We live in interesting times. While there have been many gains in the fields of science, medicine, technology, and social issues, American society is currently facing a malignant epidemic: post-truth. Oxford Dictionary defines “post-truth” as “relating to or denoting circumstances in which objective facts are less influential in shaping public opinion than appeals to emotion and personal belief.”  And before you question the relevance of this term, keep in mind Oxford recently named “post-truth” their international word of 2016. 
Our current post-truth climate has indeed been in the making for many years. Take, for example, the case of tobacco: scientific doubt held by a handful of individuals was able to brilliantly obscure to the public, for an astonishingly long time, research and truth produced by a clear majority of the scientific community.  From the mid-1950’s, when significant research indicating the harms of tobacco began to be muddled by these scientists, we can see a trend where fact morphs into opinion. It is no longer important whether or not something is true, but whether one believes something to be true.
Tracing this insidious phenomenon brings us to more modern-day scientific cases, such as vaccines and climate change. Of course, by now most of us are aware of the increasingly held belief that vaccinations have the potential to cause autism. What fewer people know is that this belief is based on a single study by Dr. Andrew Blakefield, whose findings have since been deemed “fraudulent” by the British Medical Journal, disproven by dozens of epidemiological studies (and counting), and resulted in the paper being retracted from the journal in which it was published and the loss of Dr. Blakefield’s medical license.  Yet despite the discrediting of his work, non-medical exemptions from school vaccination requirements continue to increase.  This effect has been bolstered by efforts of celebrities and other high-profile individuals, along with increasing reliance by the public on ad-hoc arguments and anecdotal evidence. But the bottom line is clear: more and more people are choosing what they want to believe, rather than what is.
Fortunately, nearly two decades after Dr. Blakefield’s study, a large portion of the American public has come to accept the fraudulency of his findings. Climate science, however, is still fighting for its own legitimacy. A 2016 poll conducted by Pew Research indicates that less than half of Americans (48%) believe climate change is due to human activity.  This figure is at odds with another Pew Research study of members of the American Association for the Advancement of Science, which found that 93% of members with a Ph.D. in Earth sciences (and 87% of members overall) agree that global warming is mostly due to human activity.  Not only do Americans opinions differ dramatically with scientific consensus, the awareness of a scientific consensus itself is dramatically low: only 27% of Americans believe that “almost all” climate scientists agree that human behavior is responsible for climate change.  The results of the post-truth epidemic are harrowing: politicians and the public alike are able to dismiss scientific findings as matters of belief, for better or for worse, without serious repercussions.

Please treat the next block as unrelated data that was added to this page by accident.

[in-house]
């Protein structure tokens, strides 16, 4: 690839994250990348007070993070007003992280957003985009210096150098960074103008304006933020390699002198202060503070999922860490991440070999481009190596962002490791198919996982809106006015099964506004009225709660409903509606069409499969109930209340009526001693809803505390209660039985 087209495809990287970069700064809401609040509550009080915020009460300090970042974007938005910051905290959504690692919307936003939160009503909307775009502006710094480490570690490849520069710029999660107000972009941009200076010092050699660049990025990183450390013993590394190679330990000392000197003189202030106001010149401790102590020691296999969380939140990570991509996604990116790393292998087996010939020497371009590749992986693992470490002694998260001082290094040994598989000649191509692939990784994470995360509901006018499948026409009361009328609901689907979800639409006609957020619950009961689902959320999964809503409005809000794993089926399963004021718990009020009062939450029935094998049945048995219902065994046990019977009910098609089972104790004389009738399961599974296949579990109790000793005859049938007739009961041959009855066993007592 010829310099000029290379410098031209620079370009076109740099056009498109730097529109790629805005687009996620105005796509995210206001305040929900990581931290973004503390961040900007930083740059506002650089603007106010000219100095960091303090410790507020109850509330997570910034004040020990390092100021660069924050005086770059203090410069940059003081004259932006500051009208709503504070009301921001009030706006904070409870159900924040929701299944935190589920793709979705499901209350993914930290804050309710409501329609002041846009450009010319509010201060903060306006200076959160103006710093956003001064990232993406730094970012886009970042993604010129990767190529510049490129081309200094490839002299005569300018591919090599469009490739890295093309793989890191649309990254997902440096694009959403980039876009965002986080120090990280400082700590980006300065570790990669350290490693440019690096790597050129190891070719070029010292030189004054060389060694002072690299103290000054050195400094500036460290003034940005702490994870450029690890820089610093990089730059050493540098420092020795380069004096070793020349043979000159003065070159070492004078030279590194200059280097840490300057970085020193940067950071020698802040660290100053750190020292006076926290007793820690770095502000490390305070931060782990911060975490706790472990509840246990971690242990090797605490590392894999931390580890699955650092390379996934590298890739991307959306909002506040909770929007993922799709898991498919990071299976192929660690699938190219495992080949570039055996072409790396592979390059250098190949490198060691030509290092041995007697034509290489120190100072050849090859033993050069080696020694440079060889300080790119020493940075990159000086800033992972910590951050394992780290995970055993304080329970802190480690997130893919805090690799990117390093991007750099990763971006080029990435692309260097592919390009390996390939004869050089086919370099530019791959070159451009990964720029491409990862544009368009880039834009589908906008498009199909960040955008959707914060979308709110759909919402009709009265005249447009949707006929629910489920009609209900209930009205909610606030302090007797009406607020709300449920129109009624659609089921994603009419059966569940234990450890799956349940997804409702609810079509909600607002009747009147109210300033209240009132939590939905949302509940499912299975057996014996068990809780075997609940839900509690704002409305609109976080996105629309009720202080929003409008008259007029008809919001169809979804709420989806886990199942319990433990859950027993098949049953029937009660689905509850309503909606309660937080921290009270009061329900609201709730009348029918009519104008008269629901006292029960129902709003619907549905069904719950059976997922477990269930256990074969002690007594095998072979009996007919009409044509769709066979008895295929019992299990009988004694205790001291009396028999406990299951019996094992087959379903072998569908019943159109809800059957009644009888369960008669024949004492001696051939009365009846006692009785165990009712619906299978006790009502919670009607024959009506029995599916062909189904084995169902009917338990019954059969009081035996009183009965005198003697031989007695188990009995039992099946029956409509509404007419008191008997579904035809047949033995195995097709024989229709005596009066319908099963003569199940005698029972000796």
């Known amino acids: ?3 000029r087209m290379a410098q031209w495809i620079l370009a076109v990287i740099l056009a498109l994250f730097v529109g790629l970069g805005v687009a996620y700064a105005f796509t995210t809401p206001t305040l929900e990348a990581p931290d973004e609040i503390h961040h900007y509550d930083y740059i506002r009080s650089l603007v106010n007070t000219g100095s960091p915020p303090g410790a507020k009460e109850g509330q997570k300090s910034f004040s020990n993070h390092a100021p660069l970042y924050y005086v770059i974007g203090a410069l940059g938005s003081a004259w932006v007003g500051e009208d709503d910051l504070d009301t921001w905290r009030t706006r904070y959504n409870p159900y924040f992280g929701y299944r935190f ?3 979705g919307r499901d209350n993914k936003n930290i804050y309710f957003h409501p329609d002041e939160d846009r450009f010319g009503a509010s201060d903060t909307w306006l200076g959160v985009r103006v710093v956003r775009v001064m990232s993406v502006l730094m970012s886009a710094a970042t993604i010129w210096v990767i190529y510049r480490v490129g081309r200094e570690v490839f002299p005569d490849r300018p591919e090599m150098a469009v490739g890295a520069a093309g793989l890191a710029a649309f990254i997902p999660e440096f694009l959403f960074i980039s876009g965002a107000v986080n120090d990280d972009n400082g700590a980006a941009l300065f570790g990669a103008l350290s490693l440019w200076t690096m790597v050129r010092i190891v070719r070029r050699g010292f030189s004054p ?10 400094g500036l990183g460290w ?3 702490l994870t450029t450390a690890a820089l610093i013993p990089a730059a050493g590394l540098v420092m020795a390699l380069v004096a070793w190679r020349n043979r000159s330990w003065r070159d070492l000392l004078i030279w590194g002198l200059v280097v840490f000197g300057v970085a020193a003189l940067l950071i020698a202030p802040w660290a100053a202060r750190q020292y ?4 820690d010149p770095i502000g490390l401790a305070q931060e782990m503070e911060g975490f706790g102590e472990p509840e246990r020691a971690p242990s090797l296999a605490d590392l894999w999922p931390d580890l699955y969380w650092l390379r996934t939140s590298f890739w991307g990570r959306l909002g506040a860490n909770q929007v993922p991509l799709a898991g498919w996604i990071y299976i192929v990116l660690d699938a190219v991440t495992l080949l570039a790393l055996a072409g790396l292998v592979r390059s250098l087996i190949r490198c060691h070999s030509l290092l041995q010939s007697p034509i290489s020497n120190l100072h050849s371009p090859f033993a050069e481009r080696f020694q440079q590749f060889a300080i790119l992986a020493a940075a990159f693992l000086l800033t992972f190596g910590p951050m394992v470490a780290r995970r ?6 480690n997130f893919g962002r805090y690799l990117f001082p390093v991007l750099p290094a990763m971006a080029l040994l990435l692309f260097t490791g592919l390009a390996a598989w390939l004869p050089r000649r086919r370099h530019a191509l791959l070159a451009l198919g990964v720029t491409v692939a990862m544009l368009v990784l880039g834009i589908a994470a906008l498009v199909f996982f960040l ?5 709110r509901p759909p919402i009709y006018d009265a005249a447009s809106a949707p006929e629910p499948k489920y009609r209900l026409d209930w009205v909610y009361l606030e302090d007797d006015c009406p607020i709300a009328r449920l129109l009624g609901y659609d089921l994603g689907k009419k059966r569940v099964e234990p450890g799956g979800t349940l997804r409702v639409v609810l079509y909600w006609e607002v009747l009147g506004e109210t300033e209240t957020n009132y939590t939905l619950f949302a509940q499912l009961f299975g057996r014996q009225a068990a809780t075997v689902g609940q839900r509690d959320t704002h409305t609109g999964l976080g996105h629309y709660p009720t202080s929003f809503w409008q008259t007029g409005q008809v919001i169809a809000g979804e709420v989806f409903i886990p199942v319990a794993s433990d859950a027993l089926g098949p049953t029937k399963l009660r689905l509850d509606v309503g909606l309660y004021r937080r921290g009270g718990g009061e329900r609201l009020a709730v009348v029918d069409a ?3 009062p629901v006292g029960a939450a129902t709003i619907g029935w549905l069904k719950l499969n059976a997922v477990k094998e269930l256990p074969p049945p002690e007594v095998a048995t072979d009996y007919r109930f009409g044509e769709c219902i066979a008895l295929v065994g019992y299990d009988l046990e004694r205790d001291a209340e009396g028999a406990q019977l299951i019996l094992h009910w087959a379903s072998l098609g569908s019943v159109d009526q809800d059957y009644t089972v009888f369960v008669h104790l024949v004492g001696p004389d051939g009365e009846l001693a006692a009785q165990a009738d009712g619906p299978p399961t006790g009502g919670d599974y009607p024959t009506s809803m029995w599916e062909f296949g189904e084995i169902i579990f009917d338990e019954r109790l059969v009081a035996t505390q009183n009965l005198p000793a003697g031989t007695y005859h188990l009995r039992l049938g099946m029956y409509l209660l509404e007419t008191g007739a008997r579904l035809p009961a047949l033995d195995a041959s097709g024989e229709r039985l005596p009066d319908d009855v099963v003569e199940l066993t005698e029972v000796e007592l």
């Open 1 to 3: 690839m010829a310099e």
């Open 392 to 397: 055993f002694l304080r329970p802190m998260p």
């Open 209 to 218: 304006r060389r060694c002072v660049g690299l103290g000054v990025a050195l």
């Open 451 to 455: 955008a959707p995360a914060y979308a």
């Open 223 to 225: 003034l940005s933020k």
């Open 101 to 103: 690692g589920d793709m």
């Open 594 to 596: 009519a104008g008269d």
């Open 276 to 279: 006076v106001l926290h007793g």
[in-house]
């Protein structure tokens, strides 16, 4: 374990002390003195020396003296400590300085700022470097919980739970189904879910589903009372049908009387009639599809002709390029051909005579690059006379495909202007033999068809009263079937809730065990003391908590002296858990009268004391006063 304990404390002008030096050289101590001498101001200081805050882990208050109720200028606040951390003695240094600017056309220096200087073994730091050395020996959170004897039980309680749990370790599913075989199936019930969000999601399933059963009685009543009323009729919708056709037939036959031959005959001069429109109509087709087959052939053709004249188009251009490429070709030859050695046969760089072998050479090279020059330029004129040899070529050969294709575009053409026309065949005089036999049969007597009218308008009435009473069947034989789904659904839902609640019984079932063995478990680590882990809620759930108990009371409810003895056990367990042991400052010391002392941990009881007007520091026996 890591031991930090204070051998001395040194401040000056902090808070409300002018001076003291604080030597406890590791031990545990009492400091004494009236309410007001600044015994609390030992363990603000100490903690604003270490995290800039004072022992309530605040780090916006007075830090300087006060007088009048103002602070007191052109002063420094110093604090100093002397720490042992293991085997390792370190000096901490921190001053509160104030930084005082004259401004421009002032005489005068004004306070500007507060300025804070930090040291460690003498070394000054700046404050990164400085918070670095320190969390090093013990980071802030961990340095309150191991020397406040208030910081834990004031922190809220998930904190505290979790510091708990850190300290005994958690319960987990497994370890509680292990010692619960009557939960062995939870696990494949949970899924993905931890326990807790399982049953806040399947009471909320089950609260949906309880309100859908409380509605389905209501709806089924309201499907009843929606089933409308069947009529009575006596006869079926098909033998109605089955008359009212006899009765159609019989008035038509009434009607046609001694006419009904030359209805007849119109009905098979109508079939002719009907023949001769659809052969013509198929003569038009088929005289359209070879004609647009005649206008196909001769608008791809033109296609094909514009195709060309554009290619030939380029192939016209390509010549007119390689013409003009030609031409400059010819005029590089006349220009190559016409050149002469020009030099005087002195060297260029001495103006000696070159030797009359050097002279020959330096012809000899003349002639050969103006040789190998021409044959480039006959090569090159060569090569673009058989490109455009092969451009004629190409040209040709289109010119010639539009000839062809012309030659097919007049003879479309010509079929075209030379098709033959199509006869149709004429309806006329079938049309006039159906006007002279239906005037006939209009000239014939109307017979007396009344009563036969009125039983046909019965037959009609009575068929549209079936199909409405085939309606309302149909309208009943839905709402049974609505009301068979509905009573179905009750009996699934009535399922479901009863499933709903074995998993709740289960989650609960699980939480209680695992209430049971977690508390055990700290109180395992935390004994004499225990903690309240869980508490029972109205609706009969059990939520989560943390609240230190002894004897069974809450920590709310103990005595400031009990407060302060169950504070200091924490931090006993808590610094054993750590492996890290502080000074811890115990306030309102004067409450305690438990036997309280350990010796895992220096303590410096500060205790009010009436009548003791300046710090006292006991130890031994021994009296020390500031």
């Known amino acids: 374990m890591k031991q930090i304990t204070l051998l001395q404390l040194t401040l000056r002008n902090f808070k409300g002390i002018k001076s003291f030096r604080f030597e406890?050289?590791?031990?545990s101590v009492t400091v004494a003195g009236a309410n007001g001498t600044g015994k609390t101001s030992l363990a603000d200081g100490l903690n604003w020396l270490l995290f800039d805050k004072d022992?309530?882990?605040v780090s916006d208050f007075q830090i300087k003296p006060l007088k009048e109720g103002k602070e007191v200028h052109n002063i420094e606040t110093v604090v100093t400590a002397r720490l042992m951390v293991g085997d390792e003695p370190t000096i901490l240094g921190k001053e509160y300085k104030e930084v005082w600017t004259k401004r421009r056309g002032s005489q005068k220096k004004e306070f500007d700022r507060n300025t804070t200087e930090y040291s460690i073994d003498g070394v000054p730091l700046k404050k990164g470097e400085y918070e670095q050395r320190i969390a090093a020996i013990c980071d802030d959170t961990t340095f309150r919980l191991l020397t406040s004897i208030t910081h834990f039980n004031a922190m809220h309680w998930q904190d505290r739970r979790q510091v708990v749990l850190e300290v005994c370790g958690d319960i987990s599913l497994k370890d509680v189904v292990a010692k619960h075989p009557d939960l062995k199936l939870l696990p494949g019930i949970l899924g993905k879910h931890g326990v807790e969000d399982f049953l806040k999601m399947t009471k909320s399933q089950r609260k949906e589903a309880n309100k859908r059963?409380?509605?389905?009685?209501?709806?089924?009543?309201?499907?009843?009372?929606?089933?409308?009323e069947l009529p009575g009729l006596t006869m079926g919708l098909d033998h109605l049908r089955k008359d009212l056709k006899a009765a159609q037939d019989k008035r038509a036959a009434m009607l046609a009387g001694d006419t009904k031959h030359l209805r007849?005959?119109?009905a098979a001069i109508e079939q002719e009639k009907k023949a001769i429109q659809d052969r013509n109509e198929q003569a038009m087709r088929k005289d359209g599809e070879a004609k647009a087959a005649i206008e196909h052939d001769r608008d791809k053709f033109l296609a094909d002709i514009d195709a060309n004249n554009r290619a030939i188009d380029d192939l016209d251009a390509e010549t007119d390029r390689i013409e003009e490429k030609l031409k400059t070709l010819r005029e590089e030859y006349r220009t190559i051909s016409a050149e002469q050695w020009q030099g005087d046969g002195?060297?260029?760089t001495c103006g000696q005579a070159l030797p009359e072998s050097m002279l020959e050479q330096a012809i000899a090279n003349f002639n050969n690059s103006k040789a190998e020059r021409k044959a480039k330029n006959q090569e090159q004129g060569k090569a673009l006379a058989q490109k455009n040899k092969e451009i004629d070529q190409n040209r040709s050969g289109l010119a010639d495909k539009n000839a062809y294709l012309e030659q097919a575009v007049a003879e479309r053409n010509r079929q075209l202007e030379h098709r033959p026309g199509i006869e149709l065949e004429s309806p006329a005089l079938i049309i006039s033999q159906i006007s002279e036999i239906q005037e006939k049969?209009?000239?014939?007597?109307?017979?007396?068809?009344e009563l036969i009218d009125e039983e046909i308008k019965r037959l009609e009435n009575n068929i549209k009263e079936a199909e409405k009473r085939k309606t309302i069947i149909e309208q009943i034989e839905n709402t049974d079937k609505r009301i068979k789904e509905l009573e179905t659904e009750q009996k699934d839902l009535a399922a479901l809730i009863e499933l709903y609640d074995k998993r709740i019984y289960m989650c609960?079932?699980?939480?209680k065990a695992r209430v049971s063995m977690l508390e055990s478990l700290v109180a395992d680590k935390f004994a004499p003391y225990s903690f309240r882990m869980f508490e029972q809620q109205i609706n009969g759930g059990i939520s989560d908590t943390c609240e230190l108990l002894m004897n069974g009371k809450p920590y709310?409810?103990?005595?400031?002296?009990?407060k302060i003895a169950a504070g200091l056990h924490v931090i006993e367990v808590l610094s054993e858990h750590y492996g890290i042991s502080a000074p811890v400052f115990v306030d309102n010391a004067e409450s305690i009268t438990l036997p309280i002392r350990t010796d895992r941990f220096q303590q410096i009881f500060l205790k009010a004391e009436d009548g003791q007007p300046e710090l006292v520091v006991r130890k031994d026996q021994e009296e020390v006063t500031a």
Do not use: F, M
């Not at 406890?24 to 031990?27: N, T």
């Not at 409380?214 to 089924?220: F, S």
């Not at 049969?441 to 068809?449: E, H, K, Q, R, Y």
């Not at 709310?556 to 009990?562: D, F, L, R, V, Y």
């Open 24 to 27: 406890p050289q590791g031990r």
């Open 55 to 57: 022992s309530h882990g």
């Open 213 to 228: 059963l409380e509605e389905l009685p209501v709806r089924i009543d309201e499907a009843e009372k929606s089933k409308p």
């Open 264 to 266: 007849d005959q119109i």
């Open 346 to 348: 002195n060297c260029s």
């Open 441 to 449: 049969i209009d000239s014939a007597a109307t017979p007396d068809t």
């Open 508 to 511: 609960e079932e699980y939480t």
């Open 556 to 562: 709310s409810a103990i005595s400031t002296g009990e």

So where has post-truth gotten us? Let’s take stock. Currently, more and more Americans are receiving their news from social media tailored to their specific interests or news websites that already support their own bias, forming a kind of informational vacuum in which we are only exposed to news that we desire to see. We continue to find increasing amounts of evidence that the circulation of fabricated news stories designed to discredit Hillary Clinton played a significant role in the outcome of our most recent election.  We have just elected an individual who Michael Lubell, director of public affairs for the American Physical Society in Washington D.C., has described as “the first anti-science president we have ever had.”  Our president-elect believes in the false link between autism and vaccines, has aligned himself with “anti-vaxxer” factions around the country,  and who defends these claims with anecdotal evidence: “Healthy young child goes to doctor, gets pumped with massive shot of many vaccines, doesn’t feel good and changes – AUTISM. Many such cases!” 
Trump’s views on climate change are equally unfounded, having famously declared in 2012 “The concept of global warming was created by and for the Chinese in order to make U.S. manufacturing non-competitive.”  His transition team is rife with climate change skeptics, including Kathleen Hartnett-White, Thomas Pyle, and Myron Ebell, all three of which have publicly doubted climate change and continue to criticize scientific findings by the International Panel of Climate Change.  Lastly, Trump’s selection to head the U.S. Department of Health and Human Services, a position that oversees the National Institutes of Health (NIH), the Centers for Disease Control and Prevention (CDC), and the Food and Drug Administration (FDA), Tom Price, has a less-than-stellar public health record: He has routinely voted to cut spending in public health, consistently opposed embryonic stem cell research, supported various efforts to defund Planned Parenthood (a non-profit reproductive healthcare group), and in 2008, voted against allowing the FDA to regulate tobacco as a drug. 
The post-truth era has presented us with a novel ethical conundrum. Now, more than ever, we must fight for the legitimacy of science and ethical dissemination of information, for it is not only science that is at stake: the survival of our democracy depends on it.
 “Post-truth.” Oxford Dictionaries. Oxford Dictionaries, n.d. Web. 29 Nov. 2016
 “Oxford Dictionaries Word of the Year 2016 Is…” Oxford Dictionaries. Oxford Dictionaries, n.d. Web. 29 Nov. 2016.
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